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The finalization of the Adelaide River Off-Stream Water Storage (AROWS) detailed business case has marked a step towards securing a more sustainable and reliable water supply for Darwin.

The detailed business case investigated the two short-listed options identified in the preliminary assessment to meet the Darwin region’s future water supply requirements.

This included assessing market demand and infrastructure needs for the project to best support water security and economic development in the Darwin region.

After a comprehensive assessment, Manton Dam Return to Service (RTS) and AROWS were identified as the recommended infrastructure solutions, to be developed in two stages:

  • Stage 1: Manton Dam Return to Service – short-term water supply with a development timeframe of 3-4 years
  • Stage 2: AROWS – long-term water supply, with a development timeframe of 7-10 years

Deputy Prime Minister and Minister for Infrastructure, Transport and Regional Development, Barnaby Joyce, said the business case assessed a range of infrastructure solutions to deliver secure, reliable and cost-effective water supply to meet future water demands for the Darwin region.

“The business case has provided the detailed information needed to help make future water infrastructure investments in the region,” Mr Joyce said.

“Securing a safer, more reliable and more sustainable water supply for Darwin is essential for the region’s future growth and economic prosperity.

“These solutions will give locals and businesses confidence that they will have the water they need to live and grow into the future.”

Northern Territory Minister for Infrastructure, Planning and Logistics and Minister for Water Security, Eva Lawler, said projects such as AROWS play an important role in ensuring water security for the Darwin region.

“The Northern Territory Government has accepted the findings of this report and will continue to work closely with the Australian Government and the Power and Water Corporation to realise the opportunities that additional water supply can deliver,” Ms Lawler said.

“Manton Dam RTS and AROWS are an economically viable solution to provide water security to the Darwin region for the next 50 years and beyond.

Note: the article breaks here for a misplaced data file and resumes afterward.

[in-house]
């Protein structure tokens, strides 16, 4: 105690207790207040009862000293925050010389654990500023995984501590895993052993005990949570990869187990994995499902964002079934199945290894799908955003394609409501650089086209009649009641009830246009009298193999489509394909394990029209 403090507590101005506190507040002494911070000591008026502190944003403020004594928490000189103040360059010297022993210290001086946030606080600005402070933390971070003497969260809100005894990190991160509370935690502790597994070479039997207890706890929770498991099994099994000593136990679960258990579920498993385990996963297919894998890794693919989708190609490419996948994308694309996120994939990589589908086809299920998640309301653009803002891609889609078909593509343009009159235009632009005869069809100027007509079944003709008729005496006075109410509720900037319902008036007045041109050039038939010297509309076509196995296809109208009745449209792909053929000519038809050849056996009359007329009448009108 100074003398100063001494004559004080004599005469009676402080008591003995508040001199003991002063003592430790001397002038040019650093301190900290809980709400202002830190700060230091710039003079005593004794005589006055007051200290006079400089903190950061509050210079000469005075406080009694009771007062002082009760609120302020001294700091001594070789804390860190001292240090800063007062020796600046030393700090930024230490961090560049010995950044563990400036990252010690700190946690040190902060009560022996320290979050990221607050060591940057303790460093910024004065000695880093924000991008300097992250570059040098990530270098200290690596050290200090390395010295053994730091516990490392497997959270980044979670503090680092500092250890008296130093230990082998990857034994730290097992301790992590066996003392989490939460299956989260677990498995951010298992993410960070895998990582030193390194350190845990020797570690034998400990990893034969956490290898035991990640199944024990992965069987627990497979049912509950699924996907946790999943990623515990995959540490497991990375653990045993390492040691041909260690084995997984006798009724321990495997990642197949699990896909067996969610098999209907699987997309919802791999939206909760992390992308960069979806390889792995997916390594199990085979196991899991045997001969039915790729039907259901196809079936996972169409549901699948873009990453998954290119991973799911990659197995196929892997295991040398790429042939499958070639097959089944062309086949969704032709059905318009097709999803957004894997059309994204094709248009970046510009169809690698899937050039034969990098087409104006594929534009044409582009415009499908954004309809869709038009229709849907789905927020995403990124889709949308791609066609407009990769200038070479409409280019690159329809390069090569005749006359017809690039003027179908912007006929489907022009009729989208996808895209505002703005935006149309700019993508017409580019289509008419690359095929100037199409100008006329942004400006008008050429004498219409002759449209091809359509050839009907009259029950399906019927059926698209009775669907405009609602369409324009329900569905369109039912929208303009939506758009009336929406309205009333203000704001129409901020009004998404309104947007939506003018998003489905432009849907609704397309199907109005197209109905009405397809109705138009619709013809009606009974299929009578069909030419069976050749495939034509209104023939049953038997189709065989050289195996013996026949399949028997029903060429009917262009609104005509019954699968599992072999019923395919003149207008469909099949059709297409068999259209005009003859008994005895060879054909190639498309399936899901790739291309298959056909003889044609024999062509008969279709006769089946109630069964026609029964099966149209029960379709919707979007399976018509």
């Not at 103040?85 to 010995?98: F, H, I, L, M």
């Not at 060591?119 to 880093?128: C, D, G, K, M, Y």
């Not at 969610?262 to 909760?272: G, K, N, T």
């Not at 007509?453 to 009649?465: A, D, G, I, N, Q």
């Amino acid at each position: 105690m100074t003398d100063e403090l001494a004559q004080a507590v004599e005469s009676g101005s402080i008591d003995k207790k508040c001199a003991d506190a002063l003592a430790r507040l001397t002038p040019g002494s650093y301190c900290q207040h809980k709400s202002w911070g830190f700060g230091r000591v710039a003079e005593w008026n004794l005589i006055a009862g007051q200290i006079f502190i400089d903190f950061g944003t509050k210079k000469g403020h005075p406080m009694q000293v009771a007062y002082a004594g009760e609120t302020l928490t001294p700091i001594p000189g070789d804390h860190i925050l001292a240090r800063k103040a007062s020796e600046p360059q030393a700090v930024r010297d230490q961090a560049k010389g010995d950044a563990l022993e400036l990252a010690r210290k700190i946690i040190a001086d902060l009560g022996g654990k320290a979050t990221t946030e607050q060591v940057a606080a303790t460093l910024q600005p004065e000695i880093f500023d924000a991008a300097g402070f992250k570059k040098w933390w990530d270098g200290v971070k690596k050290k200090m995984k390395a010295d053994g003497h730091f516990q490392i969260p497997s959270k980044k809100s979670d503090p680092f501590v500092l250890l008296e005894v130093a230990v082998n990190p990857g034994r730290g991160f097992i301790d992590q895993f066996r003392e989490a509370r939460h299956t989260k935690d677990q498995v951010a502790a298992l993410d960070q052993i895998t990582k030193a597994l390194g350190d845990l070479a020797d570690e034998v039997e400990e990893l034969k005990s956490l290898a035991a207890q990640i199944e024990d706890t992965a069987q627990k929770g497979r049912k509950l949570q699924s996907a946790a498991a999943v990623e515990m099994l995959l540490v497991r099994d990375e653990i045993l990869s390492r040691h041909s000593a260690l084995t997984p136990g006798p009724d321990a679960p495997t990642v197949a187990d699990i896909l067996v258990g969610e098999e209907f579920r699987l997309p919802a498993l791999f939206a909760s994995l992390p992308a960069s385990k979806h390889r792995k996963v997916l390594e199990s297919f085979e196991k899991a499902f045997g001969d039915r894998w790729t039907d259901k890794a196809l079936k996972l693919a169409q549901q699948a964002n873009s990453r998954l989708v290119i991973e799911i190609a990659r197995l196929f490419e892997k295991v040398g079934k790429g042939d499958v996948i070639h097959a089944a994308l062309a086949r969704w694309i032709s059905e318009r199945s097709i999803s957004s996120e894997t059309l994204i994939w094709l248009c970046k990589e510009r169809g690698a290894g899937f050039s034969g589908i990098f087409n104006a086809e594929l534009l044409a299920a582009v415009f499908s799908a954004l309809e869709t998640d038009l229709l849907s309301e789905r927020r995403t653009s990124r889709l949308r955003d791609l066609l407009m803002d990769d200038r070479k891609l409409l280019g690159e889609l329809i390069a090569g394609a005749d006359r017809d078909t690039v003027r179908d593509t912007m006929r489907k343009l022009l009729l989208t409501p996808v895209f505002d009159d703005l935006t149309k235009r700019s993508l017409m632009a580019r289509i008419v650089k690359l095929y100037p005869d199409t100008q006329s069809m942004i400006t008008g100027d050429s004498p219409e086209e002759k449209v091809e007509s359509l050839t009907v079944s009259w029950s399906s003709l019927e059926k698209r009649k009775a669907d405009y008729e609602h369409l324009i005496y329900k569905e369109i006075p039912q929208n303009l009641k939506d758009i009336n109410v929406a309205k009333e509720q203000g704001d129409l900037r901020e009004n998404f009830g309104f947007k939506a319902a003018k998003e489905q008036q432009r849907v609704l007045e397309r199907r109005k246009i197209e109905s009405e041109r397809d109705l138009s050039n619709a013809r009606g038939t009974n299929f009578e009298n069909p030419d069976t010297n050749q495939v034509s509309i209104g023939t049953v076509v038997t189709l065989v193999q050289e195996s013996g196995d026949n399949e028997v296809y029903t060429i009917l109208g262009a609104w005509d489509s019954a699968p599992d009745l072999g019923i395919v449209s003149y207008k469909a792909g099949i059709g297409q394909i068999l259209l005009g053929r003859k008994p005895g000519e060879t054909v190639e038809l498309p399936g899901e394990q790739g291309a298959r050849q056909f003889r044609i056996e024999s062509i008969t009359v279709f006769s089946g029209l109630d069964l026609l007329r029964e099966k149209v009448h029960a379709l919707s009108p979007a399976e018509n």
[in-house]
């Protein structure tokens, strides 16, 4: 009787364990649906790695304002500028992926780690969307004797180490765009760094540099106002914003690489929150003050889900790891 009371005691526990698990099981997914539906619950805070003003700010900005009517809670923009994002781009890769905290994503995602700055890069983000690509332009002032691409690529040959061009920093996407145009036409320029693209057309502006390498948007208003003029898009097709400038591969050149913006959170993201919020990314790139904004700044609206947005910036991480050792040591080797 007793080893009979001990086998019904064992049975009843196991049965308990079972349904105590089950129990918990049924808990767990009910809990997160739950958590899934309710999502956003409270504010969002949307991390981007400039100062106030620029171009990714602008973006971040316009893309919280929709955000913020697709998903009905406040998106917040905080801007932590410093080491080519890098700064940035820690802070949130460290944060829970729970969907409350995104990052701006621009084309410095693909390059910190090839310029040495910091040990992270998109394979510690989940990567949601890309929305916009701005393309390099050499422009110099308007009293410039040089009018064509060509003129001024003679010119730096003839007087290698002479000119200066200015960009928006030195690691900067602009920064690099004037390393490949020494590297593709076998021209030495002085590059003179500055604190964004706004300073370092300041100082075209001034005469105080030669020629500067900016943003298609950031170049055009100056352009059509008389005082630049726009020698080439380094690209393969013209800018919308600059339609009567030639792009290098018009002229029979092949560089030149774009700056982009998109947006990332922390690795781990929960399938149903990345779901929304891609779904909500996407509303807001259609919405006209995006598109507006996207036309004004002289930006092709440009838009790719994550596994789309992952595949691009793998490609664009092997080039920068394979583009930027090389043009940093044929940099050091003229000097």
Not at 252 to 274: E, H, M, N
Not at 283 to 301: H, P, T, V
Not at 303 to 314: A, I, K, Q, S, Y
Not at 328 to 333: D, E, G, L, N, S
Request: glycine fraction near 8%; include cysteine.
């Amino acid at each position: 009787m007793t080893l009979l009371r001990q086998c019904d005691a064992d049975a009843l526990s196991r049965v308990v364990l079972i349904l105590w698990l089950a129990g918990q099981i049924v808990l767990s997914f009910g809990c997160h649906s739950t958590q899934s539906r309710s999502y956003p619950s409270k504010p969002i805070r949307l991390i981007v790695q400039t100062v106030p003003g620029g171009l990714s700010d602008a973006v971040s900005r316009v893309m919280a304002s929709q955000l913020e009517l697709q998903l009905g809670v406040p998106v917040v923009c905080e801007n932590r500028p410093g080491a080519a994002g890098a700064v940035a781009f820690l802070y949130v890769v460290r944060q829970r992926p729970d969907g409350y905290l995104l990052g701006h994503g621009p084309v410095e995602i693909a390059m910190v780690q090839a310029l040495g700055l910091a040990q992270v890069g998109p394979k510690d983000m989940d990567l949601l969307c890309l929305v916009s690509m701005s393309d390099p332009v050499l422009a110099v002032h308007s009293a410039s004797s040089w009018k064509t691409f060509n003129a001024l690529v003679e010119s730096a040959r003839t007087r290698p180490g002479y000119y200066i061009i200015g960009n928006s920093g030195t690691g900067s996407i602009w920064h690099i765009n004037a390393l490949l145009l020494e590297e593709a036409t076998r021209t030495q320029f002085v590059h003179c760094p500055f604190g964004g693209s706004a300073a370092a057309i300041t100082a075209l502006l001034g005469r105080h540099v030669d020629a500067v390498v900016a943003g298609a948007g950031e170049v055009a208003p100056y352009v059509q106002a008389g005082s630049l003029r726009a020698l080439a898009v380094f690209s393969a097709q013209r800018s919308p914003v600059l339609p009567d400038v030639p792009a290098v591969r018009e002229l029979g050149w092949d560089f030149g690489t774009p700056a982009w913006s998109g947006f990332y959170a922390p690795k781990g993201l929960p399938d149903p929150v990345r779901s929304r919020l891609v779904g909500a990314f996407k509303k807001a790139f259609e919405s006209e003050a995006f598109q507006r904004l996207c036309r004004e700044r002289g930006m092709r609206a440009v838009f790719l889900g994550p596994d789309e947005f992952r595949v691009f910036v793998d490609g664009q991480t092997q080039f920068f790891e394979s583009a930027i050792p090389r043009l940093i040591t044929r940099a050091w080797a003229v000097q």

“Power and Water Corporation had identified AROWS as the preferred water source in its Darwin Region Water Supply Strategy and has already undertaken significant preliminary work to inform the design and delivery of the project.”

Senator for the Northern Territory, Dr Sam McMahon, said the Federal Government’s investment in the detailed business case forms part of its nationwide commitment for water infrastructure projects.

“Projects such as AROWS will drive economic development in the NT and create new jobs in the Top End,” Ms McMahon said.

“These projects will boost water security in areas where extensive irrigated agriculture already exists, while also helping unlock new agricultural regions here in Australia’s North.

“This is an important project as it addresses the need for greater water infrastructure in the Territory and northern Australia in general.

“Water is a precious commodity in the Territory and the AROWS project will help countless producers and farmers.

“AROWS would help to drive the Australian Government’s aim to boost agriculture from its current $65 billion industry to $100 billion by 2030.”

The Northern Territory Government is working with Power and Water to progress project development for both projects.

For Manton Dam RTS, this includes detailed design of the infrastructure components, further stakeholder engagement and assessment of the environmental and social impacts of the project.

For AROWS, this includes commencement of a range of activities that will support development of the project. 

These include a water allocation plan for the Adelaide River catchment, an environment impact assessment, stakeholder engagement and community consultation, and concept design of the infrastructure components.

The Australian Government provided $2 million to fully fund the AROWS detailed business case under the $3.5 billion National Water Grid Fund, which is improving Australia’s water security while creating jobs and boosting economic activity.

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